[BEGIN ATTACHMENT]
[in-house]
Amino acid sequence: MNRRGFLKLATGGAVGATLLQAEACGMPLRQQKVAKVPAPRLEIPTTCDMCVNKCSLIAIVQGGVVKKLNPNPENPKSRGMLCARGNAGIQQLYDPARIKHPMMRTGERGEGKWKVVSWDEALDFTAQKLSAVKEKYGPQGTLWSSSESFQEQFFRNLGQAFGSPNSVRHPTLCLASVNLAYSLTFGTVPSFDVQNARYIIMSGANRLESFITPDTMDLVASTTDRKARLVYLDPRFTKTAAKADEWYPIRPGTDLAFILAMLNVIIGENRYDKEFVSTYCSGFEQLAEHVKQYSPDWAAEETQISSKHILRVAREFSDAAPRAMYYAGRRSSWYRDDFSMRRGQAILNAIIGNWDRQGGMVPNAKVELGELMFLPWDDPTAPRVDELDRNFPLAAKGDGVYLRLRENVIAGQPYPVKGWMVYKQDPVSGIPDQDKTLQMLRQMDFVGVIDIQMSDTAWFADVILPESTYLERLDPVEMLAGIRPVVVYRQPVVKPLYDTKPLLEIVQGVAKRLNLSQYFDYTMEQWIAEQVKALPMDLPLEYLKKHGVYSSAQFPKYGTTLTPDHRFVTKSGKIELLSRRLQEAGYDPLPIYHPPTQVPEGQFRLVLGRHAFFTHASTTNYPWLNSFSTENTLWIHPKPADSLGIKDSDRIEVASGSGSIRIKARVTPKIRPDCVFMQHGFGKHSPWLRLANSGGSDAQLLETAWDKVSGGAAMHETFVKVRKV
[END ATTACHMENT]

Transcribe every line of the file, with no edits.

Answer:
[in-house]
Amino acid sequence: MNRRGFLKLATGGAVGATLLQAEACGMPLRQQKVAKVPAPRLEIPTTCDMCVNKCSLIAIVQGGVVKKLNPNPENPKSRGMLCARGNAGIQQLYDPARIKHPMMRTGERGEGKWKVVSWDEALDFTAQKLSAVKEKYGPQGTLWSSSESFQEQFFRNLGQAFGSPNSVRHPTLCLASVNLAYSLTFGTVPSFDVQNARYIIMSGANRLESFITPDTMDLVASTTDRKARLVYLDPRFTKTAAKADEWYPIRPGTDLAFILAMLNVIIGENRYDKEFVSTYCSGFEQLAEHVKQYSPDWAAEETQISSKHILRVAREFSDAAPRAMYYAGRRSSWYRDDFSMRRGQAILNAIIGNWDRQGGMVPNAKVELGELMFLPWDDPTAPRVDELDRNFPLAAKGDGVYLRLRENVIAGQPYPVKGWMVYKQDPVSGIPDQDKTLQMLRQMDFVGVIDIQMSDTAWFADVILPESTYLERLDPVEMLAGIRPVVVYRQPVVKPLYDTKPLLEIVQGVAKRLNLSQYFDYTMEQWIAEQVKALPMDLPLEYLKKHGVYSSAQFPKYGTTLTPDHRFVTKSGKIELLSRRLQEAGYDPLPIYHPPTQVPEGQFRLVLGRHAFFTHASTTNYPWLNSFSTENTLWIHPKPADSLGIKDSDRIEVASGSGSIRIKARVTPKIRPDCVFMQHGFGKHSPWLRLANSGGSDAQLLETAWDKVSGGAAMHETFVKVRKV